Sightseeing in Tokyo
It is a guide of the main sightseeing spot of Tokyo that can transfer from Tokyo Monorail. It is the guidance of the tourist attraction of Akihabara, Ueno, Tokyo (Marunouchi)/Nihonbashi, Ginza/Tsukiji, Roppongi, Odaiba, Hamamatsucho/Shiodome, Shinjuku, Asakusaand Shibuya/Harajuku
Akihabara, which needs no introduction as the world's number one town for electronics, not only has a plethora of shops with every type of electronic product imaginable, but recently is populated with cosplayers: people who dress up as their favorite characters from animation, comics and games. The area sees a lot of visitors on weekends and holidays, as it is a gathering and origin point for many subcultures.
Ueno, home of the nationally-famous Ueno Zoo, bronze statue of Takamori Saigo and the powerful voices of the shopkeepers calling across Ameya Yokocho, is an excellent place to shop.
With shopping and dining, as well as parks and museums near Ueno Park, it is a place that will keep you busy all day.
With dignified, long-standing department and specialist stores, streets faced with lines of famous European luxury brand company stores, Ginza is perhaps Japan's most brilliant area.
Nearby, Yurakucho, with a JR station of the same name, is not simply a stop on the way to Ginza, but a great place for food and shopping at its enormous commercial complex.
Tokyo Station is a hub for many train lines. And just outside is Marunouchi, one of Japan’s most prominent commercial districts. Among the attractions is Kokyo Gaien National Garden with its abundance of natural features and ancient historical structures. At Nihonbashi, you can see where the traditional Five Routes of the Edo Period start, along with a variety of Important Cultural Properties of Japan. Nihonbashi and Tokyo in general serve as a crossroads where the past and the present meet and continue to develop even today.
Odaiba is a waterfront area built on reclaimed land in Tokyo Bay where you can gaze on both the heart of the city and the ocean as you shop, dine and have fun. Well-known as an entertainment spot in Tokyo, tourists from all over the country throng to the area on holidays. Plus there are many more exciting things being developed, making Odaiba even more alluring. It is sure to bring something new each time you visit.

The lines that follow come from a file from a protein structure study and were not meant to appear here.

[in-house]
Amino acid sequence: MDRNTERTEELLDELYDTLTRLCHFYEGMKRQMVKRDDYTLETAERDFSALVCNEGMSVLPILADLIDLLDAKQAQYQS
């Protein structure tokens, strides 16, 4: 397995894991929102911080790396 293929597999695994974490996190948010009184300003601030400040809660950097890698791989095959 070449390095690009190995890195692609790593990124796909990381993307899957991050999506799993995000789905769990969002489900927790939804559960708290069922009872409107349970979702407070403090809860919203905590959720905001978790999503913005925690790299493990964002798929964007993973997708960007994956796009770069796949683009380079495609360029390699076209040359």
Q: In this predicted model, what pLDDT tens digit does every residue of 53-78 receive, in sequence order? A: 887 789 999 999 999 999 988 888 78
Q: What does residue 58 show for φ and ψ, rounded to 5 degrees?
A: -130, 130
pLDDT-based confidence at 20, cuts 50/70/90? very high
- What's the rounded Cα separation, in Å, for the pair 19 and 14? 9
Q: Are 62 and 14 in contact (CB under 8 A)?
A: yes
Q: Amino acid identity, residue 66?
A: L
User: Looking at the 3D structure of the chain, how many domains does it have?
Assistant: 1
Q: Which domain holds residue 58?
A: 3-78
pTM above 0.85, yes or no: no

With the opening of such locations as Roppongi Hills and Tokyo Midtown, Roppongi continues to remake itself with great new venues for commerce, art, restaurants, bars, and shopping. Well known in Japan and abroad as a district filled with energy, Roppongi has a deserved reputation for its cosmopolitan nature and is popular with visitors from abroad, particularly at night.
Dominated by the Tokyo Metropolitan Government, the west exit is a forest of towering skyscrapers, while the east exit is crowded with department stores, a massive entertainment district and a flood of people. Add the newly-developed south exit area, and you have Japan's most dynamically moving station: Shinjuku. A short way away are Shinjuku Gyoen and the Meiji Shrine, both filled with peaceful green, making this metropolitan area have something for everyone.
When considered from Haneda Airport, Hamamatsucho is the end point of the Monorail line. Head west a few hundred meters and you'll arrive at Zojo-ji Temple. The area originally prospered as a temple town, but has developed into a forest of skyscrapers in recent days, making it seem part of the heart of the city.
Step under the giant paper lantern of Kaminarimon (Thunder Gate) and pass nearly 90 shops that have stood lining the street since the Edo period and you will be greeted by Senso-ji Temple, built in 628. Also on the grounds are Asakusa Shrine and a five-storied pagoda, making it a must for sightseeing. Even outside of the grounds, Asakusa's old streets and atmosphere make it a wonderful place to visit.
Shibuya, where young people are always decked out in the latest fashions, is lined with popular brand and specialty stores.
Many of the shops are mentioned in magazines. No matter the day, there are always throngs at the scramble crossing in front of the station.